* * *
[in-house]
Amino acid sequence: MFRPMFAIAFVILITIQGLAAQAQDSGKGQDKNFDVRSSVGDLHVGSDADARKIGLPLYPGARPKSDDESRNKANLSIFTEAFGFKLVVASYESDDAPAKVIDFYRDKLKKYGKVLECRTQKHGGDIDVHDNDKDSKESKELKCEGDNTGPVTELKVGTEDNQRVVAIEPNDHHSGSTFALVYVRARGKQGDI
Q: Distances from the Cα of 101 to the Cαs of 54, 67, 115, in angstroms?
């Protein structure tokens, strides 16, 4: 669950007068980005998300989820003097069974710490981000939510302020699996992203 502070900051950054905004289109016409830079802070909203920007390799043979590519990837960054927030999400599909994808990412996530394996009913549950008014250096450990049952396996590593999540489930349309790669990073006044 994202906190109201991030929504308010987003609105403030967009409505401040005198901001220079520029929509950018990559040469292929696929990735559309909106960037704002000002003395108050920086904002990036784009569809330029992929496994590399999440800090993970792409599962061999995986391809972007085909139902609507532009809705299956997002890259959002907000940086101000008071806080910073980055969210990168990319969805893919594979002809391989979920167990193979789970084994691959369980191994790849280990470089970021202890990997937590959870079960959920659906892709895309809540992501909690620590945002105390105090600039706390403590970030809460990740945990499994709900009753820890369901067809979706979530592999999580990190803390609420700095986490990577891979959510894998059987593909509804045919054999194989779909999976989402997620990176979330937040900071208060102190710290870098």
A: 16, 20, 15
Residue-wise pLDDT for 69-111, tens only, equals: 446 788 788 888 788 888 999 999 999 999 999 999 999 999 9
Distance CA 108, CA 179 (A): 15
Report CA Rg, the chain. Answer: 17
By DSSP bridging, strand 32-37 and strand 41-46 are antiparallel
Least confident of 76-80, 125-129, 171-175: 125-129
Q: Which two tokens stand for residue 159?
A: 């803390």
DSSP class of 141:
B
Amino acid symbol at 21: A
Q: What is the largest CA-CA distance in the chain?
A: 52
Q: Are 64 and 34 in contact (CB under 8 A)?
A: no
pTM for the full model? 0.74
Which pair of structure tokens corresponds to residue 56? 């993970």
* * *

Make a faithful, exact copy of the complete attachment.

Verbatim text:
[in-house]
Amino acid sequence: MFRPMFAIAFVILITIQGLAAQAQDSGKGQDKNFDVRSSVGDLHVGSDADARKIGLPLYPGARPKSDDESRNKANLSIFTEAFGFKLVVASYESDDAPAKVIDFYRDKLKKYGKVLECRTQKHGGDIDVHDNDKDSKESKELKCEGDNTGPVTELKVGTEDNQRVVAIEPNDHHSGSTFALVYVRARGKQGDI
Q: Distances from the Cα of 101 to the Cαs of 54, 67, 115, in angstroms?
């Protein structure tokens, strides 16, 4: 669950007068980005998300989820003097069974710490981000939510302020699996992203 502070900051950054905004289109016409830079802070909203920007390799043979590519990837960054927030999400599909994808990412996530394996009913549950008014250096450990049952396996590593999540489930349309790669990073006044 994202906190109201991030929504308010987003609105403030967009409505401040005198901001220079520029929509950018990559040469292929696929990735559309909106960037704002000002003395108050920086904002990036784009569809330029992929496994590399999440800090993970792409599962061999995986391809972007085909139902609507532009809705299956997002890259959002907000940086101000008071806080910073980055969210990168990319969805893919594979002809391989979920167990193979789970084994691959369980191994790849280990470089970021202890990997937590959870079960959920659906892709895309809540992501909690620590945002105390105090600039706390403590970030809460990740945990499994709900009753820890369901067809979706979530592999999580990190803390609420700095986490990577891979959510894998059987593909509804045919054999194989779909999976989402997620990176979330937040900071208060102190710290870098």
A: 16, 20, 15
Residue-wise pLDDT for 69-111, tens only, equals: 446 788 788 888 788 888 999 999 999 999 999 999 999 999 9
Distance CA 108, CA 179 (A): 15
Report CA Rg, the chain. Answer: 17
By DSSP bridging, strand 32-37 and strand 41-46 are antiparallel
Least confident of 76-80, 125-129, 171-175: 125-129
Q: Which two tokens stand for residue 159?
A: 């803390």
DSSP class of 141:
B
Amino acid symbol at 21: A
Q: What is the largest CA-CA distance in the chain?
A: 52
Q: Are 64 and 34 in contact (CB under 8 A)?
A: no
pTM for the full model? 0.74
Which pair of structure tokens corresponds to residue 56? 């993970």